Resource Center

MLK Speech Poetry Lesson


Help students appreciate the power of metaphor and other poetic devices in the context of communicating a dream.

Set up computer projector with “I Have a Dream” video set.
Students need pen and paper.

1. Look at This Twitter Post from the Deal School in New Jersey. Discuss why they are making Dream Flags as an MLK Day activity. Connect to “I Have a Dream” speech.
2. Discuss context of the speech. Unfairness, segregation, etc. Does not need to be too detailed.
3. Show video once. VIDEO LINK (There may be better ones. This image is a little blurry.)
4. Talk about what makes it powerful. What do you notice?
5. Have students listen again and note poetic language as much as they can, writing phrases.
6. Discuss the phrases and how they deliver impact. Here are some. (There are probably a bunch more.)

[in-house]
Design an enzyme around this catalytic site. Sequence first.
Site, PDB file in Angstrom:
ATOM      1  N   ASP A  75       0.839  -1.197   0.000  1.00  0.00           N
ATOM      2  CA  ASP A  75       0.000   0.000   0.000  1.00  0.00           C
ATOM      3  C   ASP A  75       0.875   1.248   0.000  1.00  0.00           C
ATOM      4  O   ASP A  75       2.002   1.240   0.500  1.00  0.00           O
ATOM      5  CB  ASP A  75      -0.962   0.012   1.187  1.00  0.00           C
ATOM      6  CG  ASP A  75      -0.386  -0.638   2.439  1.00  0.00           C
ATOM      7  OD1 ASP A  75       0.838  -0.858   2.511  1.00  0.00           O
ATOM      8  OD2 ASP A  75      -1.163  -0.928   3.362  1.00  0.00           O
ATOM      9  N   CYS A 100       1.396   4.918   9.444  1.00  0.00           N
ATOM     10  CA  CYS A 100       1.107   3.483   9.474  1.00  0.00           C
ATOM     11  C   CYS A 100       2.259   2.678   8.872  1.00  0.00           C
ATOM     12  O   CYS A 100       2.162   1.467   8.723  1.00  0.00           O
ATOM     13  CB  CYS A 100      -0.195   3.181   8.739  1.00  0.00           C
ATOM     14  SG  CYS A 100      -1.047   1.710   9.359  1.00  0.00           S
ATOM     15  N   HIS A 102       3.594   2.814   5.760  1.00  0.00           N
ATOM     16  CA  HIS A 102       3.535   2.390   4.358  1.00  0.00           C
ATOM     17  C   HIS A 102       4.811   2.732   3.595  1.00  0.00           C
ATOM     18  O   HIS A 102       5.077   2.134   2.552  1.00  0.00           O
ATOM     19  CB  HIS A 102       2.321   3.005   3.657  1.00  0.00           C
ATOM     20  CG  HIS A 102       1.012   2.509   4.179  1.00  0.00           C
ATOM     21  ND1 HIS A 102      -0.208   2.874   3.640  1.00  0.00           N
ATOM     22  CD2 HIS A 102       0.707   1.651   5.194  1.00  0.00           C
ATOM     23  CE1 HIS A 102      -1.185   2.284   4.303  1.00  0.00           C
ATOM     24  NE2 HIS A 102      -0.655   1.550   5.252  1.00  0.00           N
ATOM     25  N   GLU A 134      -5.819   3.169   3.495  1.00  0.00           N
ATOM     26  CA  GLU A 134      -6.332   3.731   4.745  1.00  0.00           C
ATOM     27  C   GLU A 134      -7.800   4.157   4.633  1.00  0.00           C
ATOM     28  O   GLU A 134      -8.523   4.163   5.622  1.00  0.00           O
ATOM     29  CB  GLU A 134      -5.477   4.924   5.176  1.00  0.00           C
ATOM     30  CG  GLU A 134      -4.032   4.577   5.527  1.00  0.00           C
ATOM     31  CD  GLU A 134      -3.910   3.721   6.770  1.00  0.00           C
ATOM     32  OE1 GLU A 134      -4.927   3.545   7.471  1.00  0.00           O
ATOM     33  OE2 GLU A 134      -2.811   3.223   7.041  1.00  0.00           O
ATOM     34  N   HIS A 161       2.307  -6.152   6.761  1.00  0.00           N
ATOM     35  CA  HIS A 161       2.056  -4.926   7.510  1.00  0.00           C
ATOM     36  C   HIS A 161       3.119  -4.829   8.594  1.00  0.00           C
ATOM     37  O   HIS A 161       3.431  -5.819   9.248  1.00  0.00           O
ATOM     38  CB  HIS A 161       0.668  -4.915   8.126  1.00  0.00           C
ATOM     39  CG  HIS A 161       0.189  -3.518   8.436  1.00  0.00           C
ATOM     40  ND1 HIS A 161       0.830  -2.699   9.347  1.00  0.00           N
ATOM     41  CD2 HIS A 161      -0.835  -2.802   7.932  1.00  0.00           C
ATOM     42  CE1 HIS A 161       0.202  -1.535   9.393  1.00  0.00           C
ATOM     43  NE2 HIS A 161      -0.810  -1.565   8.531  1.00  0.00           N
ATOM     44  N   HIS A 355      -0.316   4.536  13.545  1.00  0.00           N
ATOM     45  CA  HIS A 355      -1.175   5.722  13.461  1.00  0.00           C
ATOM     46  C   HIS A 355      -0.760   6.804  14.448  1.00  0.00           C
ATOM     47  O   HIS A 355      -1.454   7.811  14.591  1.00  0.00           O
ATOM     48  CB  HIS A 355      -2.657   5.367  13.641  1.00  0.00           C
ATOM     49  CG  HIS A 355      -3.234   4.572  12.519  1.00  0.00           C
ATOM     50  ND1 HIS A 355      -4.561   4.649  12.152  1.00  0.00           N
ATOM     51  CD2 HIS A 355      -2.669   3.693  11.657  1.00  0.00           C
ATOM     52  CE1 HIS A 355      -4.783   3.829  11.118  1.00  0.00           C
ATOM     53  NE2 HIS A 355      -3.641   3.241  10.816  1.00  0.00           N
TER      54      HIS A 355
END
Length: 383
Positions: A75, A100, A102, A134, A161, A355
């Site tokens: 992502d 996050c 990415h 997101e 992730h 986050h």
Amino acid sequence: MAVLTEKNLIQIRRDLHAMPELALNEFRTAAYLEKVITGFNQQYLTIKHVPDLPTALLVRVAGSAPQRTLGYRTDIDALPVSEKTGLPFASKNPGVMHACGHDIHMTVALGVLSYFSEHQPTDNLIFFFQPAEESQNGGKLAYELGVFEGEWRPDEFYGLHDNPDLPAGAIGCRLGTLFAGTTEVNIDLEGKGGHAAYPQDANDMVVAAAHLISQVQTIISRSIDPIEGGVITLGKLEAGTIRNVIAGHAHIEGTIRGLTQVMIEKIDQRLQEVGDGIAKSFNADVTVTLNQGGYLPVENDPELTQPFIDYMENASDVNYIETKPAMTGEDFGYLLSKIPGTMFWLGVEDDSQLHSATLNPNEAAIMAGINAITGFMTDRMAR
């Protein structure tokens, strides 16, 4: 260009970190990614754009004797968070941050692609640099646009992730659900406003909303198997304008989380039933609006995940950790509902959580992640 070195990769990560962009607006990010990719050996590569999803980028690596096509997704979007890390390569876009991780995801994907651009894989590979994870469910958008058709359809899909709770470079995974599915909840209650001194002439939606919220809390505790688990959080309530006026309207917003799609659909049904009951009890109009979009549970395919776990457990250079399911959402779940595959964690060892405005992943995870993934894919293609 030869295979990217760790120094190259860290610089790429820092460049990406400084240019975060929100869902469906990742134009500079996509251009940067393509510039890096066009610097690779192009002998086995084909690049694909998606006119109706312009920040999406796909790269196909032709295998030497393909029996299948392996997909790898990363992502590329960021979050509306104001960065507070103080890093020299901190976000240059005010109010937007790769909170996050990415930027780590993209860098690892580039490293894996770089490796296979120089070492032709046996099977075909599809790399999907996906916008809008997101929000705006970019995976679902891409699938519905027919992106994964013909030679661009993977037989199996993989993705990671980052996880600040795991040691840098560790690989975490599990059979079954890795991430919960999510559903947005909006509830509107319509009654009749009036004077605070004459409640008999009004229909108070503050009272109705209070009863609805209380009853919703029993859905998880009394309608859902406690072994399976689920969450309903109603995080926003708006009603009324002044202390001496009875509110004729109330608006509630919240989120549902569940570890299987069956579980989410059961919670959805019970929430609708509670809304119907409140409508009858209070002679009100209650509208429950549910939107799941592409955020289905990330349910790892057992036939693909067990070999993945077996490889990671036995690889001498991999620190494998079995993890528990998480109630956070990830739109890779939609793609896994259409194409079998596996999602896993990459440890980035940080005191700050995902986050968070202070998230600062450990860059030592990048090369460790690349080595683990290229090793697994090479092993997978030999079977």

a. sweltering in injustices: sweltering is hot, uncomfortable
b. oasis of freedom and justice: What’s an oasis? How are freedom and justice like the plants that grow there? Or the water?
c. content of their character: Alliteration. One of the most famous lines of the speech.
d. dripping with words: Words don’t drip, but blood does.
e. symphony of brotherhood: Symphonies are different instruments playing together
f. mighty mountains: Alliteration. Starts the list of place. Also example of list poem as in “Daybreak in Alabama” by Hughes.
g. freedom ring: Ringing as in sound that travels. Connection to Liberty Bell as international symbol of freedom.
h. table of brotherhood: Table as something we all sit around. Share food. Talk. Connection to “I too” by Hughes.

Have student write a poem of 8 lines or more that starts with “I have a dream that one day…”

Download Resource